With that knowledge comes a responsibility. We see websites and 1-800 numbers that try to make themselves available to help someone who may be dealing with issues like these and it's important to be trained professionally how to approach a topic such as this. However, the world as we know it fails to take into account the spiritual aspect of every human life. The most effective answer to the question, "Where do thoughts of suicide come from?" is that it's demonic and comes from the father of lies and his dominion.

That is not to say that the person who might be having these thoughts is demonic, but that they are dealing with a demonic attack on their life. It doesn't mean we have to rebuke them "in Jesus Name" and the thoughts will no longer be present in the individual for the rest of their life. What this means is that we need to shine a light on the real culprit of thoughts like these and call it for what it is, then work with the individual who may be dealing with these thoughts and help them find the help they may need. Yes, it is spiritual because God's word tells us ALL of our battles are and not all of our thoughts come from us. The enemy can easily implant thoughts in our minds and get us to chase rabbit trails thinking they are our own. The most important thing to know is how to respond to the attack when it happens and falling on our knees in humility and in prayer is the most important position and the first step we can take. After that, finding out what may be causing thoughts like these is a good place to start.

Get some blood work done at the doctor's office. Are you eating to much sugar and not eating enough vegetables? Are you dealing with a traumatic past or some form of PTSD? Are you having some kind of medical issue that may be contributing to thoughts like these? These are some basic places to start, but a lot of times they can be the most effective. Sometimes it requires medication or a change in a medication the person may already be on to address it. But failing to call the issue for what it is and not take the steps necessary to address it is irresponsible, especially as Christians. If we're really honest with ourselves and others, we can be transparent and admit times the enemy has given us these thoughts and help others learn how to defeat them.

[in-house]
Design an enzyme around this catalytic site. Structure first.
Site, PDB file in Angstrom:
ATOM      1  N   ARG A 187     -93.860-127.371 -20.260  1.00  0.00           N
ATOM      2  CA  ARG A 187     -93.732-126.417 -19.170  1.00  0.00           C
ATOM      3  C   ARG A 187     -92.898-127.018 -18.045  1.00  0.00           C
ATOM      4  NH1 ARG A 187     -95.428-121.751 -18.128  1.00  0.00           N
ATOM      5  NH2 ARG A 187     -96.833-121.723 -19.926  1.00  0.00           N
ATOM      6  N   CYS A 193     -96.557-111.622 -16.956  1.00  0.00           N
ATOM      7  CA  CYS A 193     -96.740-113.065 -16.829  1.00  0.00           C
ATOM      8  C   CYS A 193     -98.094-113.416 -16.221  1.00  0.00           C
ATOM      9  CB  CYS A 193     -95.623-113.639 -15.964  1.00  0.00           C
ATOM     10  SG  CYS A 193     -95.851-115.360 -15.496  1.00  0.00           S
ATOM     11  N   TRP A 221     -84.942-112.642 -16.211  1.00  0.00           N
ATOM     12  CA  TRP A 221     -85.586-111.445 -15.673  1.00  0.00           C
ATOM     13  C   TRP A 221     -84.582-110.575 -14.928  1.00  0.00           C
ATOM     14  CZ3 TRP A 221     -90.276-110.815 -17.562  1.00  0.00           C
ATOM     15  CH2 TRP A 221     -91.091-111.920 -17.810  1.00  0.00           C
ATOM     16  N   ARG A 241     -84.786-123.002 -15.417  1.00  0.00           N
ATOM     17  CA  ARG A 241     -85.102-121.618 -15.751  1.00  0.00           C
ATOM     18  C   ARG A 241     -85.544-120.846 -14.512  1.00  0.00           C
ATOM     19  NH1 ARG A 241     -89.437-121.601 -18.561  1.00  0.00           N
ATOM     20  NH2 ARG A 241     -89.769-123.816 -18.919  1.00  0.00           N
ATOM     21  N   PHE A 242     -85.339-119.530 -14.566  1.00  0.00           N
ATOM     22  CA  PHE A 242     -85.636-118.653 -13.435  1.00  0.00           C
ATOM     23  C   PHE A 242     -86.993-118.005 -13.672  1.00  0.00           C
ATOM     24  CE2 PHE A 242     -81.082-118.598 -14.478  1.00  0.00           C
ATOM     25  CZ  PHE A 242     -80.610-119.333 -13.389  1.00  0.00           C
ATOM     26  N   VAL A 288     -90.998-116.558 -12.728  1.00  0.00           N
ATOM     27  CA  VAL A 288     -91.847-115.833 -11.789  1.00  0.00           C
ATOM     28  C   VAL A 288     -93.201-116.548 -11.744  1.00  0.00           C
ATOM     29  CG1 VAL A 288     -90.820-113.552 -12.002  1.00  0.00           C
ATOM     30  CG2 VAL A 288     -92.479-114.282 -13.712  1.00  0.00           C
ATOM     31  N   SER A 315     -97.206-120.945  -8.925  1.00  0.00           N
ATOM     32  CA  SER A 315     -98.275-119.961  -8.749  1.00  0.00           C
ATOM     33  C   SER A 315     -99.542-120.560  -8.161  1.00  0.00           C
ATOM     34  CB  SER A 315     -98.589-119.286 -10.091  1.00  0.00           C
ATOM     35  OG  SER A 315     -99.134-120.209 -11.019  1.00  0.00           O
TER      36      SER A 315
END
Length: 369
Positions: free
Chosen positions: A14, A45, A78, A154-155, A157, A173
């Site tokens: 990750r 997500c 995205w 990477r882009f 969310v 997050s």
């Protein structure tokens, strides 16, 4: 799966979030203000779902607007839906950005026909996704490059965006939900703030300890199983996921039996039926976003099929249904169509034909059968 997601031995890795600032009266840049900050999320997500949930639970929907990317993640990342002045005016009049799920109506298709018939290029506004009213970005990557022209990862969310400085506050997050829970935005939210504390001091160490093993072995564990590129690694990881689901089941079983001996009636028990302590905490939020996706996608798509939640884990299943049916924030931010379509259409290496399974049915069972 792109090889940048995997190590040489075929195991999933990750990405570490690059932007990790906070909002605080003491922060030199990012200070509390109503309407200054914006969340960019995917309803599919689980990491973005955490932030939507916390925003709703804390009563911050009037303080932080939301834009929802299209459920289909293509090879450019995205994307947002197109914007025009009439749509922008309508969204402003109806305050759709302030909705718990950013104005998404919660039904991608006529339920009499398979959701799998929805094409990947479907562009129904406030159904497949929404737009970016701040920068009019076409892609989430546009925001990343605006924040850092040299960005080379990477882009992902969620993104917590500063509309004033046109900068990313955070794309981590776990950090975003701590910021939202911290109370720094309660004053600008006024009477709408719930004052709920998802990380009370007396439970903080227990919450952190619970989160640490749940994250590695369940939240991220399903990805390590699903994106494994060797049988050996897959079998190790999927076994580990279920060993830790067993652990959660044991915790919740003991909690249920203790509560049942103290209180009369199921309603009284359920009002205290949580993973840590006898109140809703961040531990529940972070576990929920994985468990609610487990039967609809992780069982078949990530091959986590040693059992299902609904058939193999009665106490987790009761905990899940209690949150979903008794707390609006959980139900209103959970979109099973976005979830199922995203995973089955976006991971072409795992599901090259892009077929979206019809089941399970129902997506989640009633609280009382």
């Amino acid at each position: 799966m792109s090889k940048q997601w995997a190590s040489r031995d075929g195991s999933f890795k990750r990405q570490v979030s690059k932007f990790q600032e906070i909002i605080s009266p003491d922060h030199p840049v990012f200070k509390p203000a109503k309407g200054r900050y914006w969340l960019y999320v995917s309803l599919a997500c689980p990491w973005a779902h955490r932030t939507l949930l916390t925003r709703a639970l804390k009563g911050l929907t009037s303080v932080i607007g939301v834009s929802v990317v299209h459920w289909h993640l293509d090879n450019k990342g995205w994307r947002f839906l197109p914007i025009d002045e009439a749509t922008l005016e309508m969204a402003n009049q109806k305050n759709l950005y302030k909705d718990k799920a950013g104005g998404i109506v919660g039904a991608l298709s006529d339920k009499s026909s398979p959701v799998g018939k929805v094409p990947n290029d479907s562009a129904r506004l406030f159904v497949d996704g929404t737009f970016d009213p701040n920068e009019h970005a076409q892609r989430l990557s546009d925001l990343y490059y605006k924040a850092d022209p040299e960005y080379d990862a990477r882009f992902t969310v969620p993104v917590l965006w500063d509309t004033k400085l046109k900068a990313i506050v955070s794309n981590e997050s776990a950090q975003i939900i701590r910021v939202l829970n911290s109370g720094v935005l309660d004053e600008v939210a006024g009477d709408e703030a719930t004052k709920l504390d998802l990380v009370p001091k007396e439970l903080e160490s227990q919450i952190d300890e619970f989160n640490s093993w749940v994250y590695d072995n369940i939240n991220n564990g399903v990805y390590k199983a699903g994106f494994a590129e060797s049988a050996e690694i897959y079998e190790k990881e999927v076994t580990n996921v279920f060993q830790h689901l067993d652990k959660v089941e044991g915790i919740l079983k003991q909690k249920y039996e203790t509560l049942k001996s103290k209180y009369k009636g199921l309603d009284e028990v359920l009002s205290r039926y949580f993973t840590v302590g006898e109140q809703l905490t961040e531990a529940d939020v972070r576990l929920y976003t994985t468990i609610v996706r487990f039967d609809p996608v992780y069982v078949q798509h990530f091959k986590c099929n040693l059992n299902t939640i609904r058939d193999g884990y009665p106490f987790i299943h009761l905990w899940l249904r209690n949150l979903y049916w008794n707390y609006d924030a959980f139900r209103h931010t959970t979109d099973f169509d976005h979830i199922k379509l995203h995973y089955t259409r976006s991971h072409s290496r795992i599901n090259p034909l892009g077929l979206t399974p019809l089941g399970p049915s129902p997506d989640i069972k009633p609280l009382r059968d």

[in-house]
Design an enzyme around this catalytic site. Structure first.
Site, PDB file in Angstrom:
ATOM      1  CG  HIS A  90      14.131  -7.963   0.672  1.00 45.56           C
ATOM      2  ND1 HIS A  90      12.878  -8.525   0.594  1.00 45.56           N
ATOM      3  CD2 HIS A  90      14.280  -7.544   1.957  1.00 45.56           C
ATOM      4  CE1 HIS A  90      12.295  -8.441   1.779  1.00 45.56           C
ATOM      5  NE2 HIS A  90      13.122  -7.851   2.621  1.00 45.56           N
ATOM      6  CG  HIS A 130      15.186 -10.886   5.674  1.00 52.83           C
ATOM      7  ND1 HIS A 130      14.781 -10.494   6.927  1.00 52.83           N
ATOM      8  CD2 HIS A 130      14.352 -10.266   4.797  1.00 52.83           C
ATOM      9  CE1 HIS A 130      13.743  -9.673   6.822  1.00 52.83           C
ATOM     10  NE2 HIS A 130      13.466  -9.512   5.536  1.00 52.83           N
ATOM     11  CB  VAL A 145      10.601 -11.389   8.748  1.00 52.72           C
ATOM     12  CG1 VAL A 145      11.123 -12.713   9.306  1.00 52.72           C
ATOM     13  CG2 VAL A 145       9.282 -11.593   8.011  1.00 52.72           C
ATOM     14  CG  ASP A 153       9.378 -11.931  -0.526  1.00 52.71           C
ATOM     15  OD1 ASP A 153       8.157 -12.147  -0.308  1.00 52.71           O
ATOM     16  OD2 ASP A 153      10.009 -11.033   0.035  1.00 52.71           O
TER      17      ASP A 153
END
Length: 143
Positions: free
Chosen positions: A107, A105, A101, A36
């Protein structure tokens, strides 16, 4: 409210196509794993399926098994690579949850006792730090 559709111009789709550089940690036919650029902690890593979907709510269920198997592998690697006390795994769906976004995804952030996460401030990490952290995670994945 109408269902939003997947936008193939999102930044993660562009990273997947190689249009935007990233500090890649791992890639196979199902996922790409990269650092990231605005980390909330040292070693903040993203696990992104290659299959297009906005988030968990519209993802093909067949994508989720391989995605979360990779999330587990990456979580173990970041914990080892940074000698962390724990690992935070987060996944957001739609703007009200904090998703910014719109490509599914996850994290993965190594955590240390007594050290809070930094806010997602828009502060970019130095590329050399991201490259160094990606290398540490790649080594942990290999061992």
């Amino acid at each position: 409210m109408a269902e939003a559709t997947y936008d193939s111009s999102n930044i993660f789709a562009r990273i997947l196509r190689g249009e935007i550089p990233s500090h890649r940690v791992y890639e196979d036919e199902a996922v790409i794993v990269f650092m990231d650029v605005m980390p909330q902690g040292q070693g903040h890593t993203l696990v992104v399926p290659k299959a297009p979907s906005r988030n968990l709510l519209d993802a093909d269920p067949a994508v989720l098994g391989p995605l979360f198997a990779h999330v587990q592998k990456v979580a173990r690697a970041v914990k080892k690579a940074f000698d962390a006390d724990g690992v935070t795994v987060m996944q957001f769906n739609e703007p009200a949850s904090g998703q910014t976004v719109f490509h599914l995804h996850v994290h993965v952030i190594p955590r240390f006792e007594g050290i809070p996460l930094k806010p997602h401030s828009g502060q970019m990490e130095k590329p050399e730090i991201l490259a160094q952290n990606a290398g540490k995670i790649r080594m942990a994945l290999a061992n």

Let's face it . . . the enemy seeks to steal, kill, and destroy every human life God created (John 10:10) because we are the most prized possession God has made. He created us in His image (Gen. 1:27) and gave us a spirit (Gen. 2:7) in order to have a relationship with him. If someone doesn't have a relationship with Christ, this specific spiritual battle will be undefeatable because they do not have the power to fight this kind of battle. The only one who can defeat the enemy is the Lord and we must have a personal relationship with Christ for him to do so. Without that, we are doomed, but with Him, we are saved by His grace (Eph. 2:8-9) every day and can help others to do the same. All we have to do is invite Him in to be the boss of our life (Rom. 10:9) and start living life His way instead of our own (Matt. 7:24-27).